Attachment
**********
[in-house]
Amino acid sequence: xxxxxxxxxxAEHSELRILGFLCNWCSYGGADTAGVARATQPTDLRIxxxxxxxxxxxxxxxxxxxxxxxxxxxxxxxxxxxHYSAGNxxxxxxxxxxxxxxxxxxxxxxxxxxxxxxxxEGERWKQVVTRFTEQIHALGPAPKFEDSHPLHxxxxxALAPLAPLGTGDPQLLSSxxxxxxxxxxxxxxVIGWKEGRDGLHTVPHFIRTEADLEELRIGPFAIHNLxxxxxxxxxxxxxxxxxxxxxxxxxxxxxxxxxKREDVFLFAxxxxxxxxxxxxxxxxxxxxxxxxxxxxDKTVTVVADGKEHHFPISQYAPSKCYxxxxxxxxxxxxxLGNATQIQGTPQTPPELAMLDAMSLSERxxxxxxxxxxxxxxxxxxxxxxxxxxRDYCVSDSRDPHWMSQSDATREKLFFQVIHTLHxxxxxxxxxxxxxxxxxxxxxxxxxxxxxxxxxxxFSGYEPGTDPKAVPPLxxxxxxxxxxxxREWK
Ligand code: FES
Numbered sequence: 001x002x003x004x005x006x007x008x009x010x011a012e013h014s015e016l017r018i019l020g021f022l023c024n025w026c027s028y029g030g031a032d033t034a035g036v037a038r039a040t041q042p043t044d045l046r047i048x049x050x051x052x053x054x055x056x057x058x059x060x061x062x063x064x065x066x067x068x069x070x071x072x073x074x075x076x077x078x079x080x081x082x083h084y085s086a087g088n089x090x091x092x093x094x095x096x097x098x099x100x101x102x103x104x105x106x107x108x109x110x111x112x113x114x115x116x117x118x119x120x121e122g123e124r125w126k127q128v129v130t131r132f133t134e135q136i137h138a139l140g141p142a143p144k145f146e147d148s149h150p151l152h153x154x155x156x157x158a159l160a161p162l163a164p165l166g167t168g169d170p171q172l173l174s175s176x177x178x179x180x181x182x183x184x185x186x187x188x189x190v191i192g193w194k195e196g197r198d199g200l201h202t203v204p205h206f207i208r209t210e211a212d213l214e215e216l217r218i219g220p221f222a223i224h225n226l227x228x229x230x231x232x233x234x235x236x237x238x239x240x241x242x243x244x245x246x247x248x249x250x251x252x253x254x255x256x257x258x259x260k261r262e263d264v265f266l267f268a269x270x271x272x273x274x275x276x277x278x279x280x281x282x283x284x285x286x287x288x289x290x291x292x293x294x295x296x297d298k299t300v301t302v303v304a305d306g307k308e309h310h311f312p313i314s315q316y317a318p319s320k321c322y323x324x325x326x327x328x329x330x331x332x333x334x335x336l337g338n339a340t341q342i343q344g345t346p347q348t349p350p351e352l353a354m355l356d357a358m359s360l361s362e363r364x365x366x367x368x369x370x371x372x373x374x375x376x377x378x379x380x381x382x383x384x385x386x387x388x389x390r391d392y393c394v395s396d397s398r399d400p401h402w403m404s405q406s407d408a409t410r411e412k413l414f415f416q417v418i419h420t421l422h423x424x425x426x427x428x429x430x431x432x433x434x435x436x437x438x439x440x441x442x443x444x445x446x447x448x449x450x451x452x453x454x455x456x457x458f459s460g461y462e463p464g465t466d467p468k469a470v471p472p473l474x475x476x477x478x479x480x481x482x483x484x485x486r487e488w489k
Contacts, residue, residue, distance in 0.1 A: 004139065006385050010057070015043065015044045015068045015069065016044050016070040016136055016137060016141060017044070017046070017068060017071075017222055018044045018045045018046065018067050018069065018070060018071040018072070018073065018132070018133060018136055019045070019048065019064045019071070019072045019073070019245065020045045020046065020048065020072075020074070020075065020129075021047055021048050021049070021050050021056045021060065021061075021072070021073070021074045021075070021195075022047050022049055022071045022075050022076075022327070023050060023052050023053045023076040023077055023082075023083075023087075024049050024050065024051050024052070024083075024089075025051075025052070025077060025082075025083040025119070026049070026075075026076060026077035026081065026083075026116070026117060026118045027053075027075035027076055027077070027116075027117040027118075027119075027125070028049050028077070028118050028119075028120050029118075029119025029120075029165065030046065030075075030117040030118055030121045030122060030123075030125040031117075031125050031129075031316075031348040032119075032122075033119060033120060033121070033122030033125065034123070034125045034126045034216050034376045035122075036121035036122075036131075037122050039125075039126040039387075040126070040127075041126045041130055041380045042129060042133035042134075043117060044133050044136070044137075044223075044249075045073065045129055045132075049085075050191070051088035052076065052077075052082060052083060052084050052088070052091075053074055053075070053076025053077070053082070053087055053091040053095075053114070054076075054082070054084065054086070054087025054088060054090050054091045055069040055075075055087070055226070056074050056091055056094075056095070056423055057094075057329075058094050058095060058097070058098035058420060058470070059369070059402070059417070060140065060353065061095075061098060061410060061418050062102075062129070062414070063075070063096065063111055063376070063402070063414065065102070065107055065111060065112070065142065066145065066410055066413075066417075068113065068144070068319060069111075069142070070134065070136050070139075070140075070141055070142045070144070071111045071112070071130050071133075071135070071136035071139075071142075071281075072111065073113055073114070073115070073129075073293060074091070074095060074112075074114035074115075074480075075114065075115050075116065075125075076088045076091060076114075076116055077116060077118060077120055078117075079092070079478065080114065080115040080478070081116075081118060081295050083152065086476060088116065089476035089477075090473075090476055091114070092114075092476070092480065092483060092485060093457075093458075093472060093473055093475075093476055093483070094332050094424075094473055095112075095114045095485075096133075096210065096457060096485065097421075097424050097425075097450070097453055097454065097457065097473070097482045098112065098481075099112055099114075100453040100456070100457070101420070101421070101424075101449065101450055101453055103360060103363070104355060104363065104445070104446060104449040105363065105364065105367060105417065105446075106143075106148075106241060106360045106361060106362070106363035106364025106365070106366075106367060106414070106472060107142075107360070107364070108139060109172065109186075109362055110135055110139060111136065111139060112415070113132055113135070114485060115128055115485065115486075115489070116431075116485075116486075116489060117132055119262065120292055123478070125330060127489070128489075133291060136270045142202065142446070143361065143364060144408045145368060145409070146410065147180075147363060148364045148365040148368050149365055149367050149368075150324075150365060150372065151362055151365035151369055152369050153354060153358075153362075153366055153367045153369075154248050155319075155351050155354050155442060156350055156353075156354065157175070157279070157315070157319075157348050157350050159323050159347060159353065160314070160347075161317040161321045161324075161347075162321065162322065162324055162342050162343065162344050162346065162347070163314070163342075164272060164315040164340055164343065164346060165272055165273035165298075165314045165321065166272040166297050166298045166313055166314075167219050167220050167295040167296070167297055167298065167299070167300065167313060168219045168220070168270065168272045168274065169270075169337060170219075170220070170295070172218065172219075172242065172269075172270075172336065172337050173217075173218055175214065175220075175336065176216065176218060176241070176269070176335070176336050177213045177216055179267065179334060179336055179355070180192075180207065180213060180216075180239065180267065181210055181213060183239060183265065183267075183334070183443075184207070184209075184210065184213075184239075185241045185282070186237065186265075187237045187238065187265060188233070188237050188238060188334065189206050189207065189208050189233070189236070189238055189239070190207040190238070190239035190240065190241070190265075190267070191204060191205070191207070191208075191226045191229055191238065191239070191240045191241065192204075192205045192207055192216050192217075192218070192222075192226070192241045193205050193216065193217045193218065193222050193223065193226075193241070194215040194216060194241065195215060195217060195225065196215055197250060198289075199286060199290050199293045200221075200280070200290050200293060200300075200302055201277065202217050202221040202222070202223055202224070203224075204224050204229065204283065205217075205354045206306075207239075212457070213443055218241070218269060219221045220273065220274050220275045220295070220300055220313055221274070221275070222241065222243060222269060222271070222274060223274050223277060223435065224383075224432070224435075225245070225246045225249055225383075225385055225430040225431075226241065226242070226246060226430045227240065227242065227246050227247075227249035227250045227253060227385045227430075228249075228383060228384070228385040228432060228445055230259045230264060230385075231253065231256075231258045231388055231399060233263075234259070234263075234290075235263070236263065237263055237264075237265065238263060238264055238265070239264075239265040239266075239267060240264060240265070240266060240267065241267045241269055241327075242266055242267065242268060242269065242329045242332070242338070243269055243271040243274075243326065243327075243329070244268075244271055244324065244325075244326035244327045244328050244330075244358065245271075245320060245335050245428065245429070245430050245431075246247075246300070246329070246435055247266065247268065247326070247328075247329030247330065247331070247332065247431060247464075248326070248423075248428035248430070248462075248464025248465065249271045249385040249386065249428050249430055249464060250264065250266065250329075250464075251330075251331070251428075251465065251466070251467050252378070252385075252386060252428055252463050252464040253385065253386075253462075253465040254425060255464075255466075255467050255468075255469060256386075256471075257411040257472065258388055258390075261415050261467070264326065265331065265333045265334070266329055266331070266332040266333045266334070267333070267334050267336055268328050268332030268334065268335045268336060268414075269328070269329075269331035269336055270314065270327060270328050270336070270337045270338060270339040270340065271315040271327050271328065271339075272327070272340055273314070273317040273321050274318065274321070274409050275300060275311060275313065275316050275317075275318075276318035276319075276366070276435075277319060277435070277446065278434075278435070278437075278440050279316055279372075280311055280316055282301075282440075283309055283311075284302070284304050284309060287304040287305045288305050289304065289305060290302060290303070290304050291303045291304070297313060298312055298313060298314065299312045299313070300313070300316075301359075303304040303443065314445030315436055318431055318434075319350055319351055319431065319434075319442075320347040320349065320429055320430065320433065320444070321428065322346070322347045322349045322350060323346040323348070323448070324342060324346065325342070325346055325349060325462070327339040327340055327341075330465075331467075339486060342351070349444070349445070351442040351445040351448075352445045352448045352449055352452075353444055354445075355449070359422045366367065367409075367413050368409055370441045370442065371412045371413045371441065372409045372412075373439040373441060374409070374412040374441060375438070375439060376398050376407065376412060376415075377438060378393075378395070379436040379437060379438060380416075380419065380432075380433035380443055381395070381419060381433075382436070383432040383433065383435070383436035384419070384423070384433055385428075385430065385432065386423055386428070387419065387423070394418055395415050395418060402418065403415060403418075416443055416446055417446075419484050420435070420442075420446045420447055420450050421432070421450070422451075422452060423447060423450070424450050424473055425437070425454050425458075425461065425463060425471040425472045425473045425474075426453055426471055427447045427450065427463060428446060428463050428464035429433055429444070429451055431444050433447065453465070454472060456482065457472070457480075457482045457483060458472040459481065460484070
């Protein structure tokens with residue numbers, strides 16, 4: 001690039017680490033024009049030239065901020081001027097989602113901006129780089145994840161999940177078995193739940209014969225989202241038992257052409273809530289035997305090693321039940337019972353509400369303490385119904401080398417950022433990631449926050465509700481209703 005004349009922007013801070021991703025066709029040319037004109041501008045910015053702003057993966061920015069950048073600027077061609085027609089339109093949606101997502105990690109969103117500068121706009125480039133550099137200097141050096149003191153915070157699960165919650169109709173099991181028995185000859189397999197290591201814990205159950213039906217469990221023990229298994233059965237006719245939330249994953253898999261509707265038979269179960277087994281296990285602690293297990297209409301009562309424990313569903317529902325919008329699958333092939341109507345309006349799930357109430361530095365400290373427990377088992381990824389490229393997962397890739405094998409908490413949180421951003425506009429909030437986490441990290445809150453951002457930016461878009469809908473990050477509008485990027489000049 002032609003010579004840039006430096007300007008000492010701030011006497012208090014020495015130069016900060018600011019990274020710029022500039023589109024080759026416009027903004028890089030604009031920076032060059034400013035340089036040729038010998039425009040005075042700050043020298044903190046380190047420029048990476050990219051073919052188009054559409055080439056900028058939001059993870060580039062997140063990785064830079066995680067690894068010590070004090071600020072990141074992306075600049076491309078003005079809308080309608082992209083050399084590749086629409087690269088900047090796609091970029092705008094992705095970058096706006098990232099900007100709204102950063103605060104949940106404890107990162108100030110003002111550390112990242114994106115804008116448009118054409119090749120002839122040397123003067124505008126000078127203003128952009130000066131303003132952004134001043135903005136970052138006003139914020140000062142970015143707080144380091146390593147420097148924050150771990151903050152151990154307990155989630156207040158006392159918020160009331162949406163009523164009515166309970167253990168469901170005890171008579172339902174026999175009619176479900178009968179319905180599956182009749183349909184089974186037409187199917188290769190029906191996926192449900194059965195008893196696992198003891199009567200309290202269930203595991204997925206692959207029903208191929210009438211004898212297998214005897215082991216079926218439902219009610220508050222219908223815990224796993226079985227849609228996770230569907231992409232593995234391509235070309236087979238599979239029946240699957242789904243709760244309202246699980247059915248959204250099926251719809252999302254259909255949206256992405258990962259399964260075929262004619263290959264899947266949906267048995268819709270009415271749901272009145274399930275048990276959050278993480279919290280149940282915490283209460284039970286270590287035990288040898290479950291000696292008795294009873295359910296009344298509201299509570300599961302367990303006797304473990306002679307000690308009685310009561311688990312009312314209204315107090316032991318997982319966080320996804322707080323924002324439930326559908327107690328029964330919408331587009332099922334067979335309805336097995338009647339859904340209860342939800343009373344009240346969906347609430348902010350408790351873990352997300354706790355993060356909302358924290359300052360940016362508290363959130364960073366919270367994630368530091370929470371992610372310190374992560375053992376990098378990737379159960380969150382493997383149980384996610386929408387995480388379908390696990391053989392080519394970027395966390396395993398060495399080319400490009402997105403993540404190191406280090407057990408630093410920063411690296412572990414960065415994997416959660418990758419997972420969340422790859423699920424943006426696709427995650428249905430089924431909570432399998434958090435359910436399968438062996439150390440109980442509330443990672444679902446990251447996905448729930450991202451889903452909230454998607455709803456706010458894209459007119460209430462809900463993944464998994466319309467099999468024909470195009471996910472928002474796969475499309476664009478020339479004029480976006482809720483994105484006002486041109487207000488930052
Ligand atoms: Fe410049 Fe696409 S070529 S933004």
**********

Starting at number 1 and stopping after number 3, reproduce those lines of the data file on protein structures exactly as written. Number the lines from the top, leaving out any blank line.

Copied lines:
[in-house]
Amino acid sequence: xxxxxxxxxxAEHSELRILGFLCNWCSYGGADTAGVARATQPTDLRIxxxxxxxxxxxxxxxxxxxxxxxxxxxxxxxxxxxHYSAGNxxxxxxxxxxxxxxxxxxxxxxxxxxxxxxxxEGERWKQVVTRFTEQIHALGPAPKFEDSHPLHxxxxxALAPLAPLGTGDPQLLSSxxxxxxxxxxxxxxVIGWKEGRDGLHTVPHFIRTEADLEELRIGPFAIHNLxxxxxxxxxxxxxxxxxxxxxxxxxxxxxxxxxKREDVFLFAxxxxxxxxxxxxxxxxxxxxxxxxxxxxDKTVTVVADGKEHHFPISQYAPSKCYxxxxxxxxxxxxxLGNATQIQGTPQTPPELAMLDAMSLSERxxxxxxxxxxxxxxxxxxxxxxxxxxRDYCVSDSRDPHWMSQSDATREKLFFQVIHTLHxxxxxxxxxxxxxxxxxxxxxxxxxxxxxxxxxxxFSGYEPGTDPKAVPPLxxxxxxxxxxxxREWK
Ligand code: FES